The first line of the Iliad describes a human emotion that leads to doom and destruction in Homer's poetic tale of the Trojan War. Achilles' rage is a major catalyst in the action in the Iliad. It is his rage that makes him both withdraw from and, later, rejoin the war with a fury. Why is Achilles enraged? Is his rage ignited solely by his human adversaries or do the gods destine him to the experience? Achilles' rage has many facets. His rage is a personal choice and, at times, is created by the gods.
The Iliad begins with the clash between Achilles and Agamemnon. Agamemnon has little, if any, respect for the gods. This is displayed by his irreverent behavior towards the priest, Chryses. Agamemnon refuses to release the princess even when the Achaean soldiers suggested "`Respect the priest, accept the shining ransom!' But it brought no joy to the heart of Agamemnon" (104). Achilles is, unlike Agamemnon, respectful of and revered by the gods. In order to expose the cause of Apollo's wrath against the Argive army, Achilles uses the prophet, Calchas. Achilles already knows why Apollo is angry, but decides the fact should be stated by someone other than himself. He knows that Agamemnon will become angry once the truth is revealed. I believe that in this instance he is trying to keep his rage in check by avoiding a direct confrontation with Agamemnon. Calchas also fears for his life because he also knows Agamemnon's fury is unyielding at times. However, with a great deal of encouragement from Achilles, Calchas "spoke out, bravely: `Beware-The god's enraged because Agamemnon spurned his priest'" (106). When the truth is exposed, Agamemnon be...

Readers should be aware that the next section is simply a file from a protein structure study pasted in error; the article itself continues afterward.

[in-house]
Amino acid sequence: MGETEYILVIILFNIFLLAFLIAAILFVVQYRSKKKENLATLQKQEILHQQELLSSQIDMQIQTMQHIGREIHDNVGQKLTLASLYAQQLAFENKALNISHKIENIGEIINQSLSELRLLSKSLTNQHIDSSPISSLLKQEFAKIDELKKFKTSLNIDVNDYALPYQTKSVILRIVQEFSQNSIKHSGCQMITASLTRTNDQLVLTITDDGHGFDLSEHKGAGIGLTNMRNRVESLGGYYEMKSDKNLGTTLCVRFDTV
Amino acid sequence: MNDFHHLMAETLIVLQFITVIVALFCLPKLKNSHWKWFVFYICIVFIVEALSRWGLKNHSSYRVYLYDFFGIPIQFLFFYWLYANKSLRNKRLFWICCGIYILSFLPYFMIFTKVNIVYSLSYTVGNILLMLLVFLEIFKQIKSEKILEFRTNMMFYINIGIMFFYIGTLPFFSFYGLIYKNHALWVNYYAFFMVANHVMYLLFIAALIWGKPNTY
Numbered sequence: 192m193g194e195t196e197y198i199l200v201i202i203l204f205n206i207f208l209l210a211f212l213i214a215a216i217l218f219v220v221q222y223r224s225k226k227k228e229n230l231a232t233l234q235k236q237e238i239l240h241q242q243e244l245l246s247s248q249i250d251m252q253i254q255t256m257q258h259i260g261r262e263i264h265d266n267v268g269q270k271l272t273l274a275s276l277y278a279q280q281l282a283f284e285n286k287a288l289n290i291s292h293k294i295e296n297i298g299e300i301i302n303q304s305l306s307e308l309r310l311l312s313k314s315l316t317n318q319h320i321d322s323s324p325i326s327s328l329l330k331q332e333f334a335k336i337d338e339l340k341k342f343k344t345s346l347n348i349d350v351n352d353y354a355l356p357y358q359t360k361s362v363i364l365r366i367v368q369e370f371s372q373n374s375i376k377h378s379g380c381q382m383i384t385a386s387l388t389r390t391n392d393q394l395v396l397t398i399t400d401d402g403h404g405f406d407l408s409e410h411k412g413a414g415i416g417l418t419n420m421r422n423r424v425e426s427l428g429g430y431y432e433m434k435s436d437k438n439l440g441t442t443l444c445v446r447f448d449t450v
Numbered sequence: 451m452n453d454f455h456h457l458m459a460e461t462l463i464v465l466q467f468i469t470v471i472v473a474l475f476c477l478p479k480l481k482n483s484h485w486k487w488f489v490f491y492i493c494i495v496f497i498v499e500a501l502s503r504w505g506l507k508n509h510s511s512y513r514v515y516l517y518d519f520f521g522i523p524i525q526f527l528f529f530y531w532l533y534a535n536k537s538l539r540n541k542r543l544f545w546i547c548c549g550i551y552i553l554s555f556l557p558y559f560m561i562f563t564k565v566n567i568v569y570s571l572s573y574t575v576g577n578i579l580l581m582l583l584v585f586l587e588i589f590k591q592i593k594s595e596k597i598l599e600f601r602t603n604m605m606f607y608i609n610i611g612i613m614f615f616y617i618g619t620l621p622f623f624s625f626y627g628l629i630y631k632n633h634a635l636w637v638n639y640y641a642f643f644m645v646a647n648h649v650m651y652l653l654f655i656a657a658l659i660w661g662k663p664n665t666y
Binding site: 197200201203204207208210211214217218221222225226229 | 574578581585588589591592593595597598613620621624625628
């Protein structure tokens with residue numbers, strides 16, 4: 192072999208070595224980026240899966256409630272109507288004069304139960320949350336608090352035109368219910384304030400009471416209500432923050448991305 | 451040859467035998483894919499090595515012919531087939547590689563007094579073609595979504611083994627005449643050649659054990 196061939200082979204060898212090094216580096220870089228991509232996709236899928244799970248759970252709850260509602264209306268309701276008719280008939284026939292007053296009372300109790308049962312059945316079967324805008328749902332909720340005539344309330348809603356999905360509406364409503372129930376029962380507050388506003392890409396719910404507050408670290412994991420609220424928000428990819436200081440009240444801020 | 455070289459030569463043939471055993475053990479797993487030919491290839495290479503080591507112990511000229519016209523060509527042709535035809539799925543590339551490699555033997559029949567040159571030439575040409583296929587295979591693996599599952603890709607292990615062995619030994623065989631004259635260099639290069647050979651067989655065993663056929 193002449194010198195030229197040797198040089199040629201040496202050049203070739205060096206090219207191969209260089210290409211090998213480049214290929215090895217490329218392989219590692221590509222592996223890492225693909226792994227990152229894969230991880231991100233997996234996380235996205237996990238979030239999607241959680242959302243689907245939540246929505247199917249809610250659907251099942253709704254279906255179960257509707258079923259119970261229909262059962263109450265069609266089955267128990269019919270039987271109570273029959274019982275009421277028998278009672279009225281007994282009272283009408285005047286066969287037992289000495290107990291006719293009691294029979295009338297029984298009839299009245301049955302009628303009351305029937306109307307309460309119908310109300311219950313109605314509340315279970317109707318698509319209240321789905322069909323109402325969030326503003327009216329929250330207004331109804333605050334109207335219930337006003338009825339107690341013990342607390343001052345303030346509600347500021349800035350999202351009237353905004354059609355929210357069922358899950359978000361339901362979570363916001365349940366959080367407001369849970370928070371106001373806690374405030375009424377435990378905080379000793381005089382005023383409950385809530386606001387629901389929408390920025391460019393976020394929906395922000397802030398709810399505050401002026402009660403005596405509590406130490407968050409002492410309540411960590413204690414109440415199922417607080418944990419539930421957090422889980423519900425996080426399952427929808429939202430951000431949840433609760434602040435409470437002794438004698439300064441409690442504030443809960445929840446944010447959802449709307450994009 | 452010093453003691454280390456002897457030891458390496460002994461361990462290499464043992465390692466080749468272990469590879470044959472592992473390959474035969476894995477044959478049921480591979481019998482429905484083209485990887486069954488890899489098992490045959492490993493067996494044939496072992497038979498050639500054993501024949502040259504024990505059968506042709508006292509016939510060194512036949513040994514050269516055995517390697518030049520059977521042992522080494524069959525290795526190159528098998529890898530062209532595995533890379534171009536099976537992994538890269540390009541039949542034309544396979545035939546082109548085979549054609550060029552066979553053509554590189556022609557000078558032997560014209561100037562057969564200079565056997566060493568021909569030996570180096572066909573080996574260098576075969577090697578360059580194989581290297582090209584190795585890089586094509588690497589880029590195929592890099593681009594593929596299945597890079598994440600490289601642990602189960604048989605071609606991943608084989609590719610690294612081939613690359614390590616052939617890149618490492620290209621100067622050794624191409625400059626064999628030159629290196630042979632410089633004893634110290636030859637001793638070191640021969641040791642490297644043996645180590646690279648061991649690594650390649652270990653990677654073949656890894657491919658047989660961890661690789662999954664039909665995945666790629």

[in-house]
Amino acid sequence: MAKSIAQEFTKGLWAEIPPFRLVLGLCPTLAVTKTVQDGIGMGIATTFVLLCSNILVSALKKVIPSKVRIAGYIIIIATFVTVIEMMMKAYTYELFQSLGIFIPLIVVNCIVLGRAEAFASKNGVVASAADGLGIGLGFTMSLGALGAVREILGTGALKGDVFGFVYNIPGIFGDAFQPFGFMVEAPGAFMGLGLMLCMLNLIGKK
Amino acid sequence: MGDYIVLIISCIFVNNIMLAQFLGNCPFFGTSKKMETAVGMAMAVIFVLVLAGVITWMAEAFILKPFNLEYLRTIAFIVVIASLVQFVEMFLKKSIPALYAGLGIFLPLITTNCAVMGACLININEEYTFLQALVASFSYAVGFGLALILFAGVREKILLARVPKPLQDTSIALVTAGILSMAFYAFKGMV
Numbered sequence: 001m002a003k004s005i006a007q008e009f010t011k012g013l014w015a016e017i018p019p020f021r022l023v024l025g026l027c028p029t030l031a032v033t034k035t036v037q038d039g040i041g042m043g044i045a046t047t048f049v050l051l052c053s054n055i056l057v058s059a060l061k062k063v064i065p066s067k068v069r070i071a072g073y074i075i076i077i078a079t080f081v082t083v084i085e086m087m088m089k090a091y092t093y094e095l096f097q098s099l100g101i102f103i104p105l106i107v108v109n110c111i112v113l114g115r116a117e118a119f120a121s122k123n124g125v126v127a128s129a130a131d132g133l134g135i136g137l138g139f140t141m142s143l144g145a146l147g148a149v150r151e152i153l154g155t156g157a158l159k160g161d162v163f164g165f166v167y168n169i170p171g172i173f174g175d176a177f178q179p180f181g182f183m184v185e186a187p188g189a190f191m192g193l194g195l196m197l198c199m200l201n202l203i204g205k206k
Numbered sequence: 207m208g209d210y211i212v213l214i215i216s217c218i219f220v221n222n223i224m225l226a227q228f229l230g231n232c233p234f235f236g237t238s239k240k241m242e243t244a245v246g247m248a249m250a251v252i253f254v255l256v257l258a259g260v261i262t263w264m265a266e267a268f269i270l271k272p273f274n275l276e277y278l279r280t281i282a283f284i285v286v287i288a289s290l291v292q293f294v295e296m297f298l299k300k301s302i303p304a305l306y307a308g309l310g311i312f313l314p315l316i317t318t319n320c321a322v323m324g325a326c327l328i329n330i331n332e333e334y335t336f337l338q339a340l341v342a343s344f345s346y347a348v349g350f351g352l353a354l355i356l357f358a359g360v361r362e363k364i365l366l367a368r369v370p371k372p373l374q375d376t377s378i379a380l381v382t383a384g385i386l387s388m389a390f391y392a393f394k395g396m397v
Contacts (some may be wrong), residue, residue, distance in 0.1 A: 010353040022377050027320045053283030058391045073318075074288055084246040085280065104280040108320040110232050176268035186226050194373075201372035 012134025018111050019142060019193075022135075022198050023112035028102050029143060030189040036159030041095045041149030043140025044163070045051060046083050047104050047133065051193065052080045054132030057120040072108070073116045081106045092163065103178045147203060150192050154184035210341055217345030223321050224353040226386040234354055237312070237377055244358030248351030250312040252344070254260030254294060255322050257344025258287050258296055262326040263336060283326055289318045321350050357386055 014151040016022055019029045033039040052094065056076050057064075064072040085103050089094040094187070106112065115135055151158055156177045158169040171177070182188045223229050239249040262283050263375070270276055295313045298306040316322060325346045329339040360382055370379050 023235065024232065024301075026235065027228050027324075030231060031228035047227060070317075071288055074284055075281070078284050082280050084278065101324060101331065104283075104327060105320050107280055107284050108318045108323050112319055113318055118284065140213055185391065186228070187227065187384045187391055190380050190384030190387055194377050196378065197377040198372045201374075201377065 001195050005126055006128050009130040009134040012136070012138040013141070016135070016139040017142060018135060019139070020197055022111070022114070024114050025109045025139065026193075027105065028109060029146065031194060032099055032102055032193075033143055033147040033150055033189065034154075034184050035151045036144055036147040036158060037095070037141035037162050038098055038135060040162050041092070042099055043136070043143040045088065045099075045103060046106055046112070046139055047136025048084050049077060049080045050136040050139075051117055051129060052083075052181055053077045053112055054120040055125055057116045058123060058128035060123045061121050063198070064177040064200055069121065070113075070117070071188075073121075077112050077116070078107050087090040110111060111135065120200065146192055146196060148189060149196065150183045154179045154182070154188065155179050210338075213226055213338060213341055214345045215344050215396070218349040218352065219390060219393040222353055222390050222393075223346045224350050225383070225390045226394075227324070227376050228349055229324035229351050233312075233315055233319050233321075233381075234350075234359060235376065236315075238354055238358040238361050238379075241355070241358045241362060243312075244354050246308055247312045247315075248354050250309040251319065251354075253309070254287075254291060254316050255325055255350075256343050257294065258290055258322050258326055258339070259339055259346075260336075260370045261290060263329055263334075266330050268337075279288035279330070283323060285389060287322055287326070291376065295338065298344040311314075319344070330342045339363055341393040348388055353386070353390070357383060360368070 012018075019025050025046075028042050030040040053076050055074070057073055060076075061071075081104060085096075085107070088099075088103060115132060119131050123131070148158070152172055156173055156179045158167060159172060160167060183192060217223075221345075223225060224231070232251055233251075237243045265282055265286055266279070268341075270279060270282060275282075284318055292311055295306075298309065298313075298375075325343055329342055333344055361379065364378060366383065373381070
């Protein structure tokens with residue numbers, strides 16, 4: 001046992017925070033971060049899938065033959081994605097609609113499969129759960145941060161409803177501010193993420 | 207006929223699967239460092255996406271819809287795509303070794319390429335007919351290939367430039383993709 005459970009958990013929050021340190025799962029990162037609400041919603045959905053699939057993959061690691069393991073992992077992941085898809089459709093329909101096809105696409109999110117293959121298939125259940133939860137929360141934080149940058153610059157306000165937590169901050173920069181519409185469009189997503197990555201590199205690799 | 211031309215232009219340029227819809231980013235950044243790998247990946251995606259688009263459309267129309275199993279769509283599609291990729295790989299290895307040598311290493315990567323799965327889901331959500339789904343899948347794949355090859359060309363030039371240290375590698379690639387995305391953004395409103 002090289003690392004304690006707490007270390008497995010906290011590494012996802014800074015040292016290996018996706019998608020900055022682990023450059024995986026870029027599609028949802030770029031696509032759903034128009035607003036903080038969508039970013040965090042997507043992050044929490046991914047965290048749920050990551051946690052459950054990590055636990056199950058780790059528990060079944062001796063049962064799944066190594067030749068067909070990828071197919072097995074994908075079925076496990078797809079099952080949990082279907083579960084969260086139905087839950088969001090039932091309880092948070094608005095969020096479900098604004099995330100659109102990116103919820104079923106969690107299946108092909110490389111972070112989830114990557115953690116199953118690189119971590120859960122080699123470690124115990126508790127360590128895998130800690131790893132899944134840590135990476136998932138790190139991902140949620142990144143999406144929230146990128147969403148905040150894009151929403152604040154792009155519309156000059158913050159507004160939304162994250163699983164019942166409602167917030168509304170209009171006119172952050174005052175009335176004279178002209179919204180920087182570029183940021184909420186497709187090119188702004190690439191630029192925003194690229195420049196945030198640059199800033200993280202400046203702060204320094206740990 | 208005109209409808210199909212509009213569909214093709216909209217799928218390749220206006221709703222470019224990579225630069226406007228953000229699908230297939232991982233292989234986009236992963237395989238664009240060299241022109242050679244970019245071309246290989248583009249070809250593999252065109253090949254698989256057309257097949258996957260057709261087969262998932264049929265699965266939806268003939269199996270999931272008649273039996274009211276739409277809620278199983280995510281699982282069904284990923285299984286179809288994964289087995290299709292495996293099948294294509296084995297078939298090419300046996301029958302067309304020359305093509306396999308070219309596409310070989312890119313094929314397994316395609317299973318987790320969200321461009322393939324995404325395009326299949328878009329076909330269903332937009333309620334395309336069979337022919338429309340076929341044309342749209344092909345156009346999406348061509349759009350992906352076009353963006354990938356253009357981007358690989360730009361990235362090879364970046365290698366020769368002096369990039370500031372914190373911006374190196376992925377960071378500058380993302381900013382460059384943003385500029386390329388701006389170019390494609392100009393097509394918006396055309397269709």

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...Achilles enraged? His rage is a personal choice. He decides to confront Agamemnon. He decides to withdraw from the war. He decides to join the war after Patroclus' death. However, the gods do their parts in making sure that his destiny is carried out. Thetis has new armor made for him and encourages him to fight. Apollo taunts him. Athena intervenes, first to make sure he does not kill Agamemnon and then later to make sure that he does kill Hector. Zeus weighs his fate. Rage is the spawn of many emotions. Injustice, jealousy, un-holiness, revenge, and heartbreak are emotions that sparked Achilles' rage. Homer's tale, the Iliad, shows how Achilles' rage is his destiny.
Homer. "The Iliad." The Norton Anthology World Masterpieces. Ed. Sarah Lawall.
7th ed. Vol.1. W.W.Norton & Company. New York, London, 1999. 104-209.
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